Even casual students of the plant quickly recognize that cannabis is incredibly complex. It is an unusual species among plants, boasting a multitude of peculiar qualities and including a tumultuous mix of both exclusive and widespread compounds.
Nature seems to have had something different in mind with the cannabis plant, and we’re just now beginning to understand how all its different components work together. Most worthy of study are observed interactions between cannabinoids and terpenes, which are only present together in Cannabis sativa.
While we’ll sometimes pit them against each other in this guide, our ultimate goal is to articulate how perfectly terpenes and cannabinoids go together. The chemical complexities of the cannabis plant can take some time to tease apart, but the reward is a fuller understanding of what makes our favorite products so effective.
Chemical composition of cannabis flower: Overview
Let’s begin by summarizing the most important points we will cover in the article:
– Unique within the plant kingdom Cannabis sativa plays host to both terpenes and cannabinoids
– Terpenes are also found abundantly in other sources in nature
– Cannabinoids are only found in cannabis and hemp
– Terpenes and cannabinoids bear many striking similarities
– They also appear to synergize together remarkably well
– Nature seems to have designed cannabinoids and terpenes to be used together
– The best cannabinoid products feature terpenes
– There are considerable variations in quality between terpene products, though
– Understanding the interaction between cannabinoids and terpenes is the key to unlocking the mysteries of cannabis
What are cannabinoids?
Cannabinoids are unique lipid compounds only found in the Cannabis sativa plant. This claim has been disputed from time to time, and it is certainly true that certain cannabinoid mimicking (cannabimimetic) compounds are present in other members of the plant kingdom.
The exact chemical structures of cannabinoids like CBD or CBG, however, have never been found in any non-cannabis plants. These compounds are the primary reason cannabis has been such a fervent target of International research over the last century. Generally speaking, only cannabinoids in the THC family are intoxicating — all others lack notably intoxicating effects.
What do cannabinoids do?
Cannabinoids in the THC family and some others stimulate an endogenous signaling structure spread throughout the human body called the endocannabinoid system. This endocannabinoid system is primarily comprised of neural receptors dubbed CB1 and CB2.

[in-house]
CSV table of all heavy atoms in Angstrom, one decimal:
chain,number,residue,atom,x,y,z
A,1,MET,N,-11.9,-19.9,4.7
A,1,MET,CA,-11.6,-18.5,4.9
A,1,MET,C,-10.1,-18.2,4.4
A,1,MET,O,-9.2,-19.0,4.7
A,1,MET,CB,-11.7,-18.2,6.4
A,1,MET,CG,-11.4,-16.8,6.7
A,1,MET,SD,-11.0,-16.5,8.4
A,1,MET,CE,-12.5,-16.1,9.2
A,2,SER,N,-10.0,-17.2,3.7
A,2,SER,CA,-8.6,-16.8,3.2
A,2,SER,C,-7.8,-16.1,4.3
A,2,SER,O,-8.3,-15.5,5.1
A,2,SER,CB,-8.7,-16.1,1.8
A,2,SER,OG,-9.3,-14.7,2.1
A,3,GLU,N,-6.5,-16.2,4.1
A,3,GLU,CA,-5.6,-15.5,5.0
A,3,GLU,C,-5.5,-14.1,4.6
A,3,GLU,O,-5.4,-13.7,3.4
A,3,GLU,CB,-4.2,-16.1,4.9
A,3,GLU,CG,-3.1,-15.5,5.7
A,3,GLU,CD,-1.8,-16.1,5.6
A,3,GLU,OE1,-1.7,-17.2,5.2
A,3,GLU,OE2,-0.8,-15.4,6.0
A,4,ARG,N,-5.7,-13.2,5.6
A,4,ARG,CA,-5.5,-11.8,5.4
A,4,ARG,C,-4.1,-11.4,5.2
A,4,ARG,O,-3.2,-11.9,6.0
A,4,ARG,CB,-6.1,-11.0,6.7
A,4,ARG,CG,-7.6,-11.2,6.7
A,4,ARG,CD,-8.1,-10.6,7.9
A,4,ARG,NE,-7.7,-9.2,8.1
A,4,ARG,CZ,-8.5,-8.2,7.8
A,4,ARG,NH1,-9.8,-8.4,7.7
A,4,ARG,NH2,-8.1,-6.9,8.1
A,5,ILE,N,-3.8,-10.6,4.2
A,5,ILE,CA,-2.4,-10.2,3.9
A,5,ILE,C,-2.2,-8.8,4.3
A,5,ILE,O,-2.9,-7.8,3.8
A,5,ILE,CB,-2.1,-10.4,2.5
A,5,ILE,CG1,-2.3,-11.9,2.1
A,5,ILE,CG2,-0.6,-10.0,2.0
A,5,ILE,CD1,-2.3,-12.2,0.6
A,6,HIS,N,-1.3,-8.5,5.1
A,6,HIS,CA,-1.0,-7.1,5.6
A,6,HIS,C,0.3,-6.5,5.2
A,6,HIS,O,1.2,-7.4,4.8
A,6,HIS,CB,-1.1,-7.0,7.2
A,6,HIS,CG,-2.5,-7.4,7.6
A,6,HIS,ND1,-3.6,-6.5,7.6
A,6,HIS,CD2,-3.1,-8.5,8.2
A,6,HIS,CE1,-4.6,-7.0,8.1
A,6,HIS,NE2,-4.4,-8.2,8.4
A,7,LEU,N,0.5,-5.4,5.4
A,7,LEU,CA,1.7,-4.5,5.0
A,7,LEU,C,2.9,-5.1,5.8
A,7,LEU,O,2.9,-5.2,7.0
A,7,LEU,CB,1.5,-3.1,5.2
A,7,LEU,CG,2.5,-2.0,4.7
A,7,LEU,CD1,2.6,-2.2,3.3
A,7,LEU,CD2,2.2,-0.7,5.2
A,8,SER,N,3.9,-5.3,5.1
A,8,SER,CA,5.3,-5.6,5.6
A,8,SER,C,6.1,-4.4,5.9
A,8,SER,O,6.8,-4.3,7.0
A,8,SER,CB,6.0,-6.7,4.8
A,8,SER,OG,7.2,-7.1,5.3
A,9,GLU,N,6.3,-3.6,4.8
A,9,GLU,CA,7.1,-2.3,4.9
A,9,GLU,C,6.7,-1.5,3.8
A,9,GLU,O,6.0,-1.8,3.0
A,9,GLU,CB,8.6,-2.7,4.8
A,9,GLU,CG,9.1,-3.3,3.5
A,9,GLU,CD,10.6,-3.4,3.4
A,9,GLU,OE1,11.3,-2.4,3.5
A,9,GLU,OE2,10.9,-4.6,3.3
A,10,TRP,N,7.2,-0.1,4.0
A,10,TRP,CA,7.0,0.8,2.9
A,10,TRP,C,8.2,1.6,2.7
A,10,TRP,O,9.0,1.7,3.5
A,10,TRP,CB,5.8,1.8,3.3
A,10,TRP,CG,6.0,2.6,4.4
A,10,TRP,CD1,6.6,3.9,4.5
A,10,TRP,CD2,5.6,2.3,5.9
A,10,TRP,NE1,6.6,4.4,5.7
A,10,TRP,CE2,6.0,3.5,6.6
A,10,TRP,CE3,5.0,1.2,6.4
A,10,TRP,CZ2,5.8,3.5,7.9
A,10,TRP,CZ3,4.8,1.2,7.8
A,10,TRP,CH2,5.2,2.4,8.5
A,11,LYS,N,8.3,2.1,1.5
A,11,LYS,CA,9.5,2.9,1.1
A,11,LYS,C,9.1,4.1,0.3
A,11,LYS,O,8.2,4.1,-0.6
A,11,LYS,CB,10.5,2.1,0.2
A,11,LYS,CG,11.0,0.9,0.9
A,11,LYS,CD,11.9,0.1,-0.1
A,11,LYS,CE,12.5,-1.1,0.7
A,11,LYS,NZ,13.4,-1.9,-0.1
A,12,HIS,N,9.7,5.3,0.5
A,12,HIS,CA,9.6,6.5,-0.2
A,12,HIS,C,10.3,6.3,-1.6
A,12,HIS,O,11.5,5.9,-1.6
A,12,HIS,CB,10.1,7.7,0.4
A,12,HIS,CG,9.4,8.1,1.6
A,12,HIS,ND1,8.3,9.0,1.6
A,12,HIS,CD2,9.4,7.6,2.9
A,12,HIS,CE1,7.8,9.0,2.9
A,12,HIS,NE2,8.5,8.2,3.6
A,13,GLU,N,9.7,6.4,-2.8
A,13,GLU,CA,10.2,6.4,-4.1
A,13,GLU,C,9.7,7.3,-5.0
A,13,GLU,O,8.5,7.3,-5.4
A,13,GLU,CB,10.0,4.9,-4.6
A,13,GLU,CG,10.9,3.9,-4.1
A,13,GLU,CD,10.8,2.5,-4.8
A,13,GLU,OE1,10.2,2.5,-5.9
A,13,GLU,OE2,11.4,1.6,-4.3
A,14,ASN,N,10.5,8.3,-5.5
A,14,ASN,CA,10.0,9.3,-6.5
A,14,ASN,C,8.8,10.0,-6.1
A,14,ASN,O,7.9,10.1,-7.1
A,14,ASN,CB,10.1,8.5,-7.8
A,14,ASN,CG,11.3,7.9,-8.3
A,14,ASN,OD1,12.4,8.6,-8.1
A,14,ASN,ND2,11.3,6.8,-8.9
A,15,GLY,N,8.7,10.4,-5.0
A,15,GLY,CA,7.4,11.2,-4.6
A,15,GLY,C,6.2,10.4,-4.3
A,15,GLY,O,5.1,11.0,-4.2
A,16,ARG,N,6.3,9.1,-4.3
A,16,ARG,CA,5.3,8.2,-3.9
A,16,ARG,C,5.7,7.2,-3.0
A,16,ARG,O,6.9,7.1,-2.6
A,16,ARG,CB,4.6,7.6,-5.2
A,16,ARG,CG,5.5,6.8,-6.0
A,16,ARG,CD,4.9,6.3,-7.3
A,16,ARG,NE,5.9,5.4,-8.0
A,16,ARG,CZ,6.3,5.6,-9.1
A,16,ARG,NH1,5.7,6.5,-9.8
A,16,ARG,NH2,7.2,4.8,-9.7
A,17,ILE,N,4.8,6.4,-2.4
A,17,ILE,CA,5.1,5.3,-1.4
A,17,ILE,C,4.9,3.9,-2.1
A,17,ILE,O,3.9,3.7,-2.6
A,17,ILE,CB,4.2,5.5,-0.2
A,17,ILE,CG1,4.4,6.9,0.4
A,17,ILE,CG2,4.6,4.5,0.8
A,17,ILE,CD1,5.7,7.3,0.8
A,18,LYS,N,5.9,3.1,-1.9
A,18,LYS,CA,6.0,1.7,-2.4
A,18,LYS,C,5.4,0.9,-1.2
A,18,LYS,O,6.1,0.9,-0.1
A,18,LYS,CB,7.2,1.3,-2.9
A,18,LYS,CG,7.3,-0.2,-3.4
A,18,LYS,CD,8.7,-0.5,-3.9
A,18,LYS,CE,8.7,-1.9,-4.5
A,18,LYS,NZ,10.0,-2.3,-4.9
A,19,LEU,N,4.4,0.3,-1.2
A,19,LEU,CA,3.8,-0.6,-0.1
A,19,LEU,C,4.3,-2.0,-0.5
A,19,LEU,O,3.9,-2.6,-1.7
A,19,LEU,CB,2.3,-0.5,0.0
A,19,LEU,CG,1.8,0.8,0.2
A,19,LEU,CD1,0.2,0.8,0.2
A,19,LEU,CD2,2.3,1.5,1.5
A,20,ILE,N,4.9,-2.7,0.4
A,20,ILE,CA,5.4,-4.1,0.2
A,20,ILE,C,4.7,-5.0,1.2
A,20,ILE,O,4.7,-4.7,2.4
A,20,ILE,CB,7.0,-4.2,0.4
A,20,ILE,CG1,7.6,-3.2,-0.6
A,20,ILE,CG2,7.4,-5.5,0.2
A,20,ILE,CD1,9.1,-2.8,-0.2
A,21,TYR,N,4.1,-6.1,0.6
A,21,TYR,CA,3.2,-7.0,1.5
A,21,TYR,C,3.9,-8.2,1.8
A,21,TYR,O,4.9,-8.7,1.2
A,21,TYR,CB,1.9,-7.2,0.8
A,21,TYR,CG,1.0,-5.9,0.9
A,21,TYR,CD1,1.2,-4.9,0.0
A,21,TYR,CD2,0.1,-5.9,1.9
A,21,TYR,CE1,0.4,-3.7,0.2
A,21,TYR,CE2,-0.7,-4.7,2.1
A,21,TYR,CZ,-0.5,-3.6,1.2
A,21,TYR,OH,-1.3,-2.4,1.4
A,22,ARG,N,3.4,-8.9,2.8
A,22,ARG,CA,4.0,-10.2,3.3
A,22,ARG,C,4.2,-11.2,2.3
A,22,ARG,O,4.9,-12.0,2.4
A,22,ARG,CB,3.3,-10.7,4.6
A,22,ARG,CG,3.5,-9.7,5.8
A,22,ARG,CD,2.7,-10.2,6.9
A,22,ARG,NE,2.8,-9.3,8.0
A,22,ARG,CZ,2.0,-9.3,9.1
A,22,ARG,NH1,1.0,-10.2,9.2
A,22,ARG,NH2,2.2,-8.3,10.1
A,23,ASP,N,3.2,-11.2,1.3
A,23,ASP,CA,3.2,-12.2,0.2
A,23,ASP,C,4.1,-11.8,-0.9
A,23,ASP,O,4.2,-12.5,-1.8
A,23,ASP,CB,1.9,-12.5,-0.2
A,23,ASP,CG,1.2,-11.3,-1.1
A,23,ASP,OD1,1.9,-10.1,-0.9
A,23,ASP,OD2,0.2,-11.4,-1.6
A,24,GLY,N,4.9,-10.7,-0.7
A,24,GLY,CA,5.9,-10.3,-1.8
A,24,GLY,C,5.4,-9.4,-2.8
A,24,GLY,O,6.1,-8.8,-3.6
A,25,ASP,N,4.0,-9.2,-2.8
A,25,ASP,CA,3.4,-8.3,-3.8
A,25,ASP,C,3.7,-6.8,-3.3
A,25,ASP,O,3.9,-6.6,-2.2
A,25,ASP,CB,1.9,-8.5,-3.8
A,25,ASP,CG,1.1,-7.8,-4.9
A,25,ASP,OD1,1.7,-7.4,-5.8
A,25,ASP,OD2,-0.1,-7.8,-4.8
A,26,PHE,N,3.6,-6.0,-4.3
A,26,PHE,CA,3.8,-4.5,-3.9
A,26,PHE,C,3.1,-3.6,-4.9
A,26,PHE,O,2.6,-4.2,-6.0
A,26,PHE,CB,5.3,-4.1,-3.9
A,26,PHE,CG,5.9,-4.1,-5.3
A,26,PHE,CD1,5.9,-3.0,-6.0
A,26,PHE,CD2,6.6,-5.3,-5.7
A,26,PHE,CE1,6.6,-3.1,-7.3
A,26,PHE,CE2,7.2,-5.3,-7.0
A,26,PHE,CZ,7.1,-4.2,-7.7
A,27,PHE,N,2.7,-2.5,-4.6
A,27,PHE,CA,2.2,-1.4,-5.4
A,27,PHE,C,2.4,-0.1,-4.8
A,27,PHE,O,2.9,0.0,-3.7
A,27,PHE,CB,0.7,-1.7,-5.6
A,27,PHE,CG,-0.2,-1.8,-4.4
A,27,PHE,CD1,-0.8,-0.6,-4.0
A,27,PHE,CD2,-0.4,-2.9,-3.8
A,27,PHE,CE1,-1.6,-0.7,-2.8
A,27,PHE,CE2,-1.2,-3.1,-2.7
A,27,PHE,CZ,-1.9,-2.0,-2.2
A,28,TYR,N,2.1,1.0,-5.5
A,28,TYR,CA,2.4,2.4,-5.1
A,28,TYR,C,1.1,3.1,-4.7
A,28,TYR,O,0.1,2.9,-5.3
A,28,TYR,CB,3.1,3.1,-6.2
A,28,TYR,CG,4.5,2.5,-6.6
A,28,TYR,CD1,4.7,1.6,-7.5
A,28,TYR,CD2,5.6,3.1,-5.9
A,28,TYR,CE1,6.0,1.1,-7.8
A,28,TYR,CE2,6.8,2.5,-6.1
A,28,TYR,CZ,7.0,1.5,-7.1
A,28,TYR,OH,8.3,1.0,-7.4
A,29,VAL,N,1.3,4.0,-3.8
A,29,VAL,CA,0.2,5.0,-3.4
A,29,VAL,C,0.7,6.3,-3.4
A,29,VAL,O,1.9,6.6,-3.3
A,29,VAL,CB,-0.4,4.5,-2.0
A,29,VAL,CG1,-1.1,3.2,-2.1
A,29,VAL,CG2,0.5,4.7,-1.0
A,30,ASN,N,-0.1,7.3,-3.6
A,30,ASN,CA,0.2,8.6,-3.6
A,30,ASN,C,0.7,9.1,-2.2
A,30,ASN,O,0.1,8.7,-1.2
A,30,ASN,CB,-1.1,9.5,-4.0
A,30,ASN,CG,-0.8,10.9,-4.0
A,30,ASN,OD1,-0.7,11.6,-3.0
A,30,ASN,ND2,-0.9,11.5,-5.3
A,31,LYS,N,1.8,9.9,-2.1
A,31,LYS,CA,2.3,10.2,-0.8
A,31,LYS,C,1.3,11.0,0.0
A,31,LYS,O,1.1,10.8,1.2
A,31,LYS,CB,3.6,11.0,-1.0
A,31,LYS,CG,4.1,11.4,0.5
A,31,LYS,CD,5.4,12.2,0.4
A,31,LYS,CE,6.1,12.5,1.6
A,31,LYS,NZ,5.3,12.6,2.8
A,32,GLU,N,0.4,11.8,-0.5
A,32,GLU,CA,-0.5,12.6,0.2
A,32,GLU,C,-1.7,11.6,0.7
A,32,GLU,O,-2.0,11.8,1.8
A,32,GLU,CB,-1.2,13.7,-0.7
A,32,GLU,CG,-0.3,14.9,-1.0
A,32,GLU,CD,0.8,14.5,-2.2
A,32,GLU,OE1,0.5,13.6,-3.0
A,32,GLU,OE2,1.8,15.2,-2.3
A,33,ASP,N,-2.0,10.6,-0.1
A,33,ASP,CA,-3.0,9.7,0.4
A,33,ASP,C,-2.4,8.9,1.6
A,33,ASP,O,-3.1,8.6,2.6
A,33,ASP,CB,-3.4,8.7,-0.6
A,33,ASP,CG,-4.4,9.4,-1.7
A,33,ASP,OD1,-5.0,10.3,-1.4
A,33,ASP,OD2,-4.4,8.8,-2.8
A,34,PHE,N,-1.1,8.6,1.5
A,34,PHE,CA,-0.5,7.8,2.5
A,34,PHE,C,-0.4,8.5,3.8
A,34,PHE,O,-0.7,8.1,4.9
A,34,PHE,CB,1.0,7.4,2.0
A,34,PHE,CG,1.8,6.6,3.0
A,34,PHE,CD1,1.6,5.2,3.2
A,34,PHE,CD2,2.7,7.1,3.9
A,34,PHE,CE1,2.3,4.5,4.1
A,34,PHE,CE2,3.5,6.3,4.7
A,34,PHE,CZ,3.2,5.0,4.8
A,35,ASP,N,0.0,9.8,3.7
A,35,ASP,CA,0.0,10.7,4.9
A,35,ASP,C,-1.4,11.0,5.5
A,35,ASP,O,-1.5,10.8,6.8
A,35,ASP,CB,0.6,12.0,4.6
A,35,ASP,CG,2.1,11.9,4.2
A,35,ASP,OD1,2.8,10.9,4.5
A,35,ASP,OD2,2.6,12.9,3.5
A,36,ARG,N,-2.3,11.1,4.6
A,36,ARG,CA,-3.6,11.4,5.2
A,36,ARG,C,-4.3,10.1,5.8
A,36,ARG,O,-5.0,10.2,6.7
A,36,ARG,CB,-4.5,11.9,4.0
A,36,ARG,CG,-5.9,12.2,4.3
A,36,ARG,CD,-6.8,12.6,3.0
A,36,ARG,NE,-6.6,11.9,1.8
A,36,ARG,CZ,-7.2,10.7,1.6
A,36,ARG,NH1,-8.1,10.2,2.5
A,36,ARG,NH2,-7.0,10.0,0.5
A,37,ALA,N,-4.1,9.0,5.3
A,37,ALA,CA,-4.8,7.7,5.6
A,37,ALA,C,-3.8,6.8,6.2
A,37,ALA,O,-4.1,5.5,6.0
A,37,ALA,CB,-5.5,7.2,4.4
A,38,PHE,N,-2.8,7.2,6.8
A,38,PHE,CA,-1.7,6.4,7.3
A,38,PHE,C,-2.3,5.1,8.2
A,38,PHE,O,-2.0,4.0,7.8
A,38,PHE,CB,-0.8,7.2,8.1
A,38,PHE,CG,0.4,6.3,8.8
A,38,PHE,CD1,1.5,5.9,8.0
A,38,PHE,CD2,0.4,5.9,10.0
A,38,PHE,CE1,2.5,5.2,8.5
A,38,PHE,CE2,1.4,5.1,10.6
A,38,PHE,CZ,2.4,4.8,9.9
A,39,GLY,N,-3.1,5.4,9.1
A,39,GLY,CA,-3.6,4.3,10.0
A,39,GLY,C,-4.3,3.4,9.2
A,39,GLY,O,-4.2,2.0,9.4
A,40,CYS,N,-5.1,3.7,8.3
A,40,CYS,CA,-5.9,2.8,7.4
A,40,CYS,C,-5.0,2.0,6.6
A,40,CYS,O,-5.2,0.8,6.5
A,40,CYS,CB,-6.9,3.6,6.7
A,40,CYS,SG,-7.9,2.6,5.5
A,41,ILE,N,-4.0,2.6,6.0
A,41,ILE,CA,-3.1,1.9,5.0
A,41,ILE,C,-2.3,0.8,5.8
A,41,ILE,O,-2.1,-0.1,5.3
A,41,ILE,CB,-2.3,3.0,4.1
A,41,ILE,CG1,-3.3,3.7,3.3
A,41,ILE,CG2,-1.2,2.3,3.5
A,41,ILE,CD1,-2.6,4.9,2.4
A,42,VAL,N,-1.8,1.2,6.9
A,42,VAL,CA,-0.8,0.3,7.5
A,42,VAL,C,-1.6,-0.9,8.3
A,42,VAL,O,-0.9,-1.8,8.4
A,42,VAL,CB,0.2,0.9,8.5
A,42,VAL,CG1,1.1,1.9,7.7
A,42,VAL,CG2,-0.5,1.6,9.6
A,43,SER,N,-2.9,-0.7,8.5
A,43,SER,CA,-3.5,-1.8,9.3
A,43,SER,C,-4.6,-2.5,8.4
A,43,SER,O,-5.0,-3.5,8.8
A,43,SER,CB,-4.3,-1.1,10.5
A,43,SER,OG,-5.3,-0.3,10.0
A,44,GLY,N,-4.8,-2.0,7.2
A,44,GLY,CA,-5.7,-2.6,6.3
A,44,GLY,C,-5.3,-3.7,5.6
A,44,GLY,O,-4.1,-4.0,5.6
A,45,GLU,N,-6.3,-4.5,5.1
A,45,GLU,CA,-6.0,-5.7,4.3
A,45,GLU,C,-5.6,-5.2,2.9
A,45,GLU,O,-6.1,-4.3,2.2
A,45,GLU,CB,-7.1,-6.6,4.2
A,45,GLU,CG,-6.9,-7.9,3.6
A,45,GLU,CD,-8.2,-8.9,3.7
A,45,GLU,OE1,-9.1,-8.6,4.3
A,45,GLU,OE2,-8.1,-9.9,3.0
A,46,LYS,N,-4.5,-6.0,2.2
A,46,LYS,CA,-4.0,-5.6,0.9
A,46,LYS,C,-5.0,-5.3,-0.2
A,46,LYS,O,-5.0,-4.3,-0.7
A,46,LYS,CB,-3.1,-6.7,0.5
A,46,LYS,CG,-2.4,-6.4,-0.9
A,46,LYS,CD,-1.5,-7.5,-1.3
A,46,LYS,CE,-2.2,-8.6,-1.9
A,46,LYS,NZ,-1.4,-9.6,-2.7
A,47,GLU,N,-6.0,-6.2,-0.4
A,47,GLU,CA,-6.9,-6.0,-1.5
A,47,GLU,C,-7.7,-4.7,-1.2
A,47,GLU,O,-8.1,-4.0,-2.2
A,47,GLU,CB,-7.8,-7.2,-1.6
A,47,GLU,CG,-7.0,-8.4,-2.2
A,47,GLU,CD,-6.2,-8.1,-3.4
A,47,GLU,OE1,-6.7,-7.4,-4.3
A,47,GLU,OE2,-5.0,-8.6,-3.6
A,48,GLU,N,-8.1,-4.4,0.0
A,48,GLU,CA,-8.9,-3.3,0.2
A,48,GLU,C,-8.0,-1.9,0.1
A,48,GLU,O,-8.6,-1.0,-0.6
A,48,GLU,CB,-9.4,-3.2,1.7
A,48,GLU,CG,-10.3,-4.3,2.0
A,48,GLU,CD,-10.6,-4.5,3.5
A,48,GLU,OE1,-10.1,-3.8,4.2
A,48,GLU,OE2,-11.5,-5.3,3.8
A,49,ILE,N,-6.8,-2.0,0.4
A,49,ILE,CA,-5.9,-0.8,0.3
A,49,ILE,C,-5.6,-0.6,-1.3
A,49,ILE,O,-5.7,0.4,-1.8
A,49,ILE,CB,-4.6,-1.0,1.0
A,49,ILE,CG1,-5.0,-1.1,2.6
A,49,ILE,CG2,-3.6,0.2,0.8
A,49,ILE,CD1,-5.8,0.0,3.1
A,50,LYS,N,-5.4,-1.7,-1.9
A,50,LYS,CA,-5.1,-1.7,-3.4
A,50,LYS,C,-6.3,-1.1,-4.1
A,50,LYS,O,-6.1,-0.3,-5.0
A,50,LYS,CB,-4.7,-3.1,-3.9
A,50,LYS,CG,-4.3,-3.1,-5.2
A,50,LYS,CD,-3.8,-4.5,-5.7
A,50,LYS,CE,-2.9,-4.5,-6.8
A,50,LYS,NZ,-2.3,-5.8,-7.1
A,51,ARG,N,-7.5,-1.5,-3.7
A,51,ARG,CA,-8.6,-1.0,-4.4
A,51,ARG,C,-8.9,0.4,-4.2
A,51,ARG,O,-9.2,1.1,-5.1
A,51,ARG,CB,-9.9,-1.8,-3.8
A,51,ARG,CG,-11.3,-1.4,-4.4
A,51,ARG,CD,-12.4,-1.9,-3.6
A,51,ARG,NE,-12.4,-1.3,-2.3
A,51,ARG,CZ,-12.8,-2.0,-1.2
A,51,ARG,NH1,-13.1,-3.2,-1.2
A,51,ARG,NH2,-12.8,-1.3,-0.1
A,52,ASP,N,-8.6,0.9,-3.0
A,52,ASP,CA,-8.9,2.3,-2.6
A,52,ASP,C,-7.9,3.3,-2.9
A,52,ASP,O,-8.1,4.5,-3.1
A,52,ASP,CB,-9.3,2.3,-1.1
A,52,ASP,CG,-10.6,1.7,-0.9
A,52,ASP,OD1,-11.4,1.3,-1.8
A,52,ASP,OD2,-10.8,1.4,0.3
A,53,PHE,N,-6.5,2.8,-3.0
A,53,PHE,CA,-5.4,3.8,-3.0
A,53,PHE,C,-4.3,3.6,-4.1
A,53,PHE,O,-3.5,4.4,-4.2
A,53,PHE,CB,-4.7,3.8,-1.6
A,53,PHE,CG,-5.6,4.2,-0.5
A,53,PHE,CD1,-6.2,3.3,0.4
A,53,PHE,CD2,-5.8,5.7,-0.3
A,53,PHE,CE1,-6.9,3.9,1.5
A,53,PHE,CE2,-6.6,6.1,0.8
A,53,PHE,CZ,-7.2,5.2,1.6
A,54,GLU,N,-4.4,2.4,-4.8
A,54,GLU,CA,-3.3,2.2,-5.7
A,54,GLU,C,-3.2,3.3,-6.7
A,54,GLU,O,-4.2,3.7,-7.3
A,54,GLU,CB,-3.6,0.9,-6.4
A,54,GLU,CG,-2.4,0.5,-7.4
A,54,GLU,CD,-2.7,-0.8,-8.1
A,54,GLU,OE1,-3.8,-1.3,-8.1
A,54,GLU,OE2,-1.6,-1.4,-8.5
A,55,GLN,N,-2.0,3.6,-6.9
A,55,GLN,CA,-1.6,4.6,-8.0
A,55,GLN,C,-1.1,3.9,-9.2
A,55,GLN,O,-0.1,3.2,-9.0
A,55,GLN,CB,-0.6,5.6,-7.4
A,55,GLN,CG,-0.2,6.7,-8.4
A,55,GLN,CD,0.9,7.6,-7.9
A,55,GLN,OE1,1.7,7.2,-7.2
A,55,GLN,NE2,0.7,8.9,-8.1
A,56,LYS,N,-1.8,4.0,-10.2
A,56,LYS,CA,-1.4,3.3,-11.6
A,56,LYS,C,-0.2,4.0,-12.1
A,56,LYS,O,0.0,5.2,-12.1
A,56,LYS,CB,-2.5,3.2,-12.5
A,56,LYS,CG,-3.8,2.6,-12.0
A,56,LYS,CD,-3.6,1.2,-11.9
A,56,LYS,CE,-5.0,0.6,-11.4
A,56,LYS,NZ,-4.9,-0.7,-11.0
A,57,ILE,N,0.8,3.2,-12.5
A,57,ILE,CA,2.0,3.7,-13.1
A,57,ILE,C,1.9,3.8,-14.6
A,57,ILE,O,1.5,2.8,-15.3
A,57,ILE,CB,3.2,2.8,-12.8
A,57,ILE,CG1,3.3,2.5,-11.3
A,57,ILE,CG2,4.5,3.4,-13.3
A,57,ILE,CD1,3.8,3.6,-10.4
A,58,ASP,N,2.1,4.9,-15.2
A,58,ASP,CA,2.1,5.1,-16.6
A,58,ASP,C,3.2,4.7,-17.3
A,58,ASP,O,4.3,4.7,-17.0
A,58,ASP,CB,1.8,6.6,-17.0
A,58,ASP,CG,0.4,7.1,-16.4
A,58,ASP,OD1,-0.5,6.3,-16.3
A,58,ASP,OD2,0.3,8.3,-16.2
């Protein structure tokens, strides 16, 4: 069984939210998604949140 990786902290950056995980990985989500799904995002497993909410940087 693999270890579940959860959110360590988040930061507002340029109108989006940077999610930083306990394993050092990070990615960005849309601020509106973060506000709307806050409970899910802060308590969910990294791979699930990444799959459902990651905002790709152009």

CB1 receptors directly trigger a strong dopamine response, which is responsible for the habit forming properties of THC. Activation of this neuroreceptor also causes a profound and unique sense of intoxication that some researchers have likened to a hallucinogenic effect.
Activation of the CB2 receptor, on the other hand, mainly causes an anti-inflammatory response without any accompanying profound sense of intoxication. Many cannabinoids, in addition, do not activate either receptor, and some hinder the activation of conventional cannabinoid receptors.
CBD is an excellent example of a cannabinoid that does not have any notable activation response at CB1 or CB2 receptors. In the case of your brain’s intoxicating CB1 receptors, in fact, CBD appears to have an inhibitory function, potentially reducing the experienced effects of THC.
Are cannabinoids found in other plants?
No, cannabinoids are only found in cannabis. This is an educated judgment reached in full knowledge of the existence of cannabimimetic compounds present in certain other plants, such as flax and Boswellia serrata.
None of these compounds exactly mimic the structure of cannabinoids, so it can be truly said that Cannabis sativa is the only source of cannabinoid compounds in nature. In laboratory conditions, cannabinoids can be synthesized using non-cannabis materials, but the costs generally preclude such ventures from taking on commercial proportions.
Top 5 cannabinoids
Following are brief dossiers on the five most popular cannabinoids currently used in hemp products:
1. Cannabidiol (CBD): Renowned for its apparent anti-inflammatory and anxiety-relieving properties, CBD has become incredibly popular over the last decade, paving the way for further cannabinoids to enter the market.